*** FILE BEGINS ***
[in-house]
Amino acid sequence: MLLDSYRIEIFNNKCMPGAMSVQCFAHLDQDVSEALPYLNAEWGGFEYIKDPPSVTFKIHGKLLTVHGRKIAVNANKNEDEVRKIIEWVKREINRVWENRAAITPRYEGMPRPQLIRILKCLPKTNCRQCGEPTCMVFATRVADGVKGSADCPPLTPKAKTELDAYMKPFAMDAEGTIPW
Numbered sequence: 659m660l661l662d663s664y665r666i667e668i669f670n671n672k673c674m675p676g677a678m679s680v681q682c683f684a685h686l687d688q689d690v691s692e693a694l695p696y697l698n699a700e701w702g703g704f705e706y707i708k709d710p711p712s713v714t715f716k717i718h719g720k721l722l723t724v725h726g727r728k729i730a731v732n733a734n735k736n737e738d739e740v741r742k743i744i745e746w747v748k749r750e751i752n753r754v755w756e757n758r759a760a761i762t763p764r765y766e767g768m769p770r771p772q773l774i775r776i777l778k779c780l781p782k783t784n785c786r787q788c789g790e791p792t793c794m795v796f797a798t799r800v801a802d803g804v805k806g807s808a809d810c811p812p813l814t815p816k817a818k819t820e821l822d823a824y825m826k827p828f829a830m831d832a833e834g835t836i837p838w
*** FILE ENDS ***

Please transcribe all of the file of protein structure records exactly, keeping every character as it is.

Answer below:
[in-house]
Amino acid sequence: MLLDSYRIEIFNNKCMPGAMSVQCFAHLDQDVSEALPYLNAEWGGFEYIKDPPSVTFKIHGKLLTVHGRKIAVNANKNEDEVRKIIEWVKREINRVWENRAAITPRYEGMPRPQLIRILKCLPKTNCRQCGEPTCMVFATRVADGVKGSADCPPLTPKAKTELDAYMKPFAMDAEGTIPW
Numbered sequence: 659m660l661l662d663s664y665r666i667e668i669f670n671n672k673c674m675p676g677a678m679s680v681q682c683f684a685h686l687d688q689d690v691s692e693a694l695p696y697l698n699a700e701w702g703g704f705e706y707i708k709d710p711p712s713v714t715f716k717i718h719g720k721l722l723t724v725h726g727r728k729i730a731v732n733a734n735k736n737e738d739e740v741r742k743i744i745e746w747v748k749r750e751i752n753r754v755w756e757n758r759a760a761i762t763p764r765y766e767g768m769p770r771p772q773l774i775r776i777l778k779c780l781p782k783t784n785c786r787q788c789g790e791p792t793c794m795v796f797a798t799r800v801a802d803g804v805k806g807s808a809d810c811p812p813l814t815p816k817a818k819t820e821l822d823a824y825m826k827p828f829a830m831d832a833e834g835t836i837p838w